(Too) Quick Roast

Hey everyone. As you can see the roast of this natural Brazilian (a classic Brazilian profile) was less than 8:30. I was aiming for around 11 minutes since I planned to develop it a bit longer.

I would argue maybe that I should lower the preheat in order to achieve longer time frame, but I’m pretty sure it wouldn’t be too good to go lower than 300C for 900g of coffee, huh?

Any recommendations? Additionally, all my roast seem to be quite short and the first crack happens way to early, around 7:30 - similar as you can see on the attached graph. A short roast like this would work for a funky light roast, but not here, right?

I am currently only roasting 910 gram batches and I have had success with charge Temperatures as low as 240. A quick caveat is I have only been using washed coffees so far, but my favourite roasts have had 240, 250 or 260 charges with a short 30 second soak at P0. (whether the soak does anything remains to be seen, I just feel bad hitting the seeds with P9 out the gate without making it feel comfortable first lol).

The lower charges have resulted in some very juicy cups. I have yet to understand why some higher charges, for me, can either be juicy or have a certain “dryness” to it. I watched Nikki Amouris “tasting the roast curve” video on YouTube and have been down that rabbit hole lately. 75 degree turn with a max peak ROR of 19. When I hit that it seems to texturally pay dividends.


That’s an interesting take, I’d never thought about going so low with a preheat. In the past I was doing 290 for 900g and those roasts were good. I raised the PH because some people in Aillio FB group recommended I should probably do that. I’ll probably go back down to 290.

And how long are your roasts with these PH temperatures? You’re aiming at light roasts?
Post graphs if you have them :slight_smile:

@rjavitukan My 1kg roasts starts with PH of 572F/300C and even with that high charge temp my average time is in the 14 mins range. I tried once to start at 590F/310C but I didn’t like the results so much, not that the beans were scorched but that the flavor was just flat.

@burlchester I took a peak at your recent Jun 5th roasts on R.W. and your approach for the 900g is fascinating, not only with a lower PH and the P0 but also your use of D5 all the way thru. I having been toying with the idea of heat soaking a bit at the start of my 1kg roast with a P5 or P6 and F2 (instead of P9 and F3) for about a minute, but the part I still don’t quite grasp is the impact of drum speed with this much beans esp one that is as low as D5 that you’re using. Would like to hear your rational or theory on that. How did they cup?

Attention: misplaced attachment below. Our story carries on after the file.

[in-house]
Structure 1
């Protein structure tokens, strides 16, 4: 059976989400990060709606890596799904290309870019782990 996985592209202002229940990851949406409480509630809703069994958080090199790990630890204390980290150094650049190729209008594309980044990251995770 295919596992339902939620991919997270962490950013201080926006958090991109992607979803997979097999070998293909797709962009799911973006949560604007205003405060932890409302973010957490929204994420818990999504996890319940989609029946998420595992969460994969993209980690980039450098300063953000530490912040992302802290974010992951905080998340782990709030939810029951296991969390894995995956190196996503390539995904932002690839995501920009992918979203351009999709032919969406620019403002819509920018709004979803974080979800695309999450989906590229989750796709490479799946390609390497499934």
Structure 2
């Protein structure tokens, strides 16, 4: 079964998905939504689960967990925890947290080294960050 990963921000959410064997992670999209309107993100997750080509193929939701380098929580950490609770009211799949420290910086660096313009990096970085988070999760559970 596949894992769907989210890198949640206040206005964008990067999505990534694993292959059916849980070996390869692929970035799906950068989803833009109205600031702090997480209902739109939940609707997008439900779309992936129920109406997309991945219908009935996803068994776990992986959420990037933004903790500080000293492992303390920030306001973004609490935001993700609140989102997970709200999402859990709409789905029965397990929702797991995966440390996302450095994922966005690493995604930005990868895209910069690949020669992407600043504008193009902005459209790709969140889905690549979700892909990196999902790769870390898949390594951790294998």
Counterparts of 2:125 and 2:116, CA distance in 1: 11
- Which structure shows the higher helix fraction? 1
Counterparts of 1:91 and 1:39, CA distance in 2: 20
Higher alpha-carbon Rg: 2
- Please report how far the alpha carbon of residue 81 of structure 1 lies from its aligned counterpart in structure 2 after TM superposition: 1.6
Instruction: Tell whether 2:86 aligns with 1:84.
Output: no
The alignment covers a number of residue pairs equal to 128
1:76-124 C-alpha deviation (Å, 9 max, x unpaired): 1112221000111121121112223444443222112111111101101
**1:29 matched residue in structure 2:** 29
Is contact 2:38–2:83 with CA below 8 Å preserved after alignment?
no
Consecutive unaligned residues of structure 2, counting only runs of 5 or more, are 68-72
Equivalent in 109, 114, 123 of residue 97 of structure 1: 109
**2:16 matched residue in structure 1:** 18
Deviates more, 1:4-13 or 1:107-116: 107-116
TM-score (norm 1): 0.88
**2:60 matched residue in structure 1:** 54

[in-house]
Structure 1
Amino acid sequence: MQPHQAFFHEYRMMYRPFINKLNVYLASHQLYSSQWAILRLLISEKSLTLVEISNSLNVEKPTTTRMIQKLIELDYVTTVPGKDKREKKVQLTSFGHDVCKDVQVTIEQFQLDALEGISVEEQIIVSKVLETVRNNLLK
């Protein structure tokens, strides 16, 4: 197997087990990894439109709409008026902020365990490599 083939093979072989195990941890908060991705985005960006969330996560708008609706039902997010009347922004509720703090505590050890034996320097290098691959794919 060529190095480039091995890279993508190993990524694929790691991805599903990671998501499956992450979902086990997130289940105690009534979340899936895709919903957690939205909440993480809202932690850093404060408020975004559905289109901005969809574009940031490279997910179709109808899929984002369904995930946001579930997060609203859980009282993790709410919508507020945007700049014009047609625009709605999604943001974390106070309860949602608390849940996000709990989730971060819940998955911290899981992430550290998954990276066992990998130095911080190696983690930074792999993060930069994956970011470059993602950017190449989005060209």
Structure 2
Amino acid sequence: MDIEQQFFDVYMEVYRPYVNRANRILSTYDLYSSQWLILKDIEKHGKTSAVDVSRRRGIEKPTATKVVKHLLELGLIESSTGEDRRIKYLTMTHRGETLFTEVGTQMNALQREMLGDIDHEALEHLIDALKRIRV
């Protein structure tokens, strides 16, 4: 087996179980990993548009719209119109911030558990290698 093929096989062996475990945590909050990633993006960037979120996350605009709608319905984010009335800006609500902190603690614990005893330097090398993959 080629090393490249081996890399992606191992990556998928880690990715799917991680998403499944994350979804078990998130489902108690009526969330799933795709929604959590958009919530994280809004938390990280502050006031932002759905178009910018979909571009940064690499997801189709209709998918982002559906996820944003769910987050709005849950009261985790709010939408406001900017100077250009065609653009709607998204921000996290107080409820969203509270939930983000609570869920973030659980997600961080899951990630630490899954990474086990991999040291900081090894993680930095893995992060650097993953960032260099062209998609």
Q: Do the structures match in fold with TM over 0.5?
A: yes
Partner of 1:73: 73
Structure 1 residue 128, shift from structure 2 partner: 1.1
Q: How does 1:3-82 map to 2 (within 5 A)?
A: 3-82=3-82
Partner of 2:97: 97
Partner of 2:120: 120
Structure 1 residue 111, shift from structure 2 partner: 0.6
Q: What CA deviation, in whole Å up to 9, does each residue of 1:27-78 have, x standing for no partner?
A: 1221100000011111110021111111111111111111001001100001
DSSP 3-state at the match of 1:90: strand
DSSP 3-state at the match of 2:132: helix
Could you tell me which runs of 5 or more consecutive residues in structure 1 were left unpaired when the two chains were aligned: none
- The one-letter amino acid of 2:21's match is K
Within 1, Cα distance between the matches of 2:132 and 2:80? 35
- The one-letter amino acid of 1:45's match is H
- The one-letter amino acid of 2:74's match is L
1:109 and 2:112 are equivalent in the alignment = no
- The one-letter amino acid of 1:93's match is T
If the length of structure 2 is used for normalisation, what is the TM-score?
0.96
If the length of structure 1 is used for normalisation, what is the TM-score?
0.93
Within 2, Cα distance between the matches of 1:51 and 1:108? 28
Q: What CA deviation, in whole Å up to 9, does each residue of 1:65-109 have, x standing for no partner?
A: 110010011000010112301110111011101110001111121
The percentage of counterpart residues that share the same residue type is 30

Happy roasting!

@blacklabs yesterday I was roasting again. I lowered the preheat temp to 290 for 900g, did a 50s soak with P1 and F3 but the roast was still only 8:30 minutes long (drop at 203C). I guess I’ll have to go even lower.

It’s interesting that your roasts runs fast for 900g, it looks more like something for a 350 to 500g roast. How did it cup? I was looking at your other roast profiles… you drop the beans very shortly after 1C, and your YP and 1C temp seems to be a little earlier than mine. I think the main thing is whether the cup is to your satisfaction or does it taste underdeveloped.

You could search on RoastWorld for others who roast 900g to get inspirations (in RW, go to Roast menu, then select Discover, then on the right cover select filter and then in the pop up set the search filter - I found inspiration for 1kg roasts this way).

Yeah, that’s the problem. I’m aiming to have yellowing between 4:30 and 5:00, and FC around 8:30 but I’m always earlier than that. I think I’ll just drop the PH temp a bit and see how it goes.

What’s interesting though, is that in the past I was roasting with the same settings and managed to get the roast to 11 minutes.

Edit: I think I just thought of the reason why the roast is so fast. It’s summer. It’s possible that the ambient temperature has changed so much that the Bullet retains so much more heat.

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Come back and let us know how it goes with dropping the PH.

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Did a 1kg roast of an Ethiopian Yirg washed, using my usual profile for 1kg, and that roast ran fast by nearly 1.5 mins (based on when it hit YP and 1C) when compared to the other 2 1kg roast I did on the same day. It’s rather interesting to say the least! The first time roasted this particular bean it also ran fast but I thought it was because the Bullet was already nice and hot as it was the 3rd batch. Fascinating…

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Check 2 things to see if there might be outside influence:

  • were the ambients different?
  • what was the B-temp value when you charged the roast?

Ambient temp & humidity seems to have a lesser impact to total roast time for me (no AC in the shop so the temp is whatever the sun says it is). However…

The starting value of Bean Temp (at Charge) seems to be a significant influencer with my 550 gm batch size. A 4F° difference, e.g. 293°F vs. 297°F, can predict a difference in total roast time of over a minute. I’m not sure this is the variable you encountered but… ??


The 3x 1kg roasts I did on Saturday were same day back to back, so I would expect the two variables you mentioned Bruce, to be of minimal difference. On the other hand, the bean temp at charge… I didn’t make a note of it so I don’t know if it was hugely different or not between the 3. That said, the 1st and 3rd roasts of the session hit the YP and 1C around the time I expected, but the washed Ethiopia (which was the 2nd roast of the day) was faster. Interesting :slight_smile:

Hey ! Sorry for the late reply, I’ve been experimenting and have found drum speeds to be a useful tool in creating flavour experiences in the cup.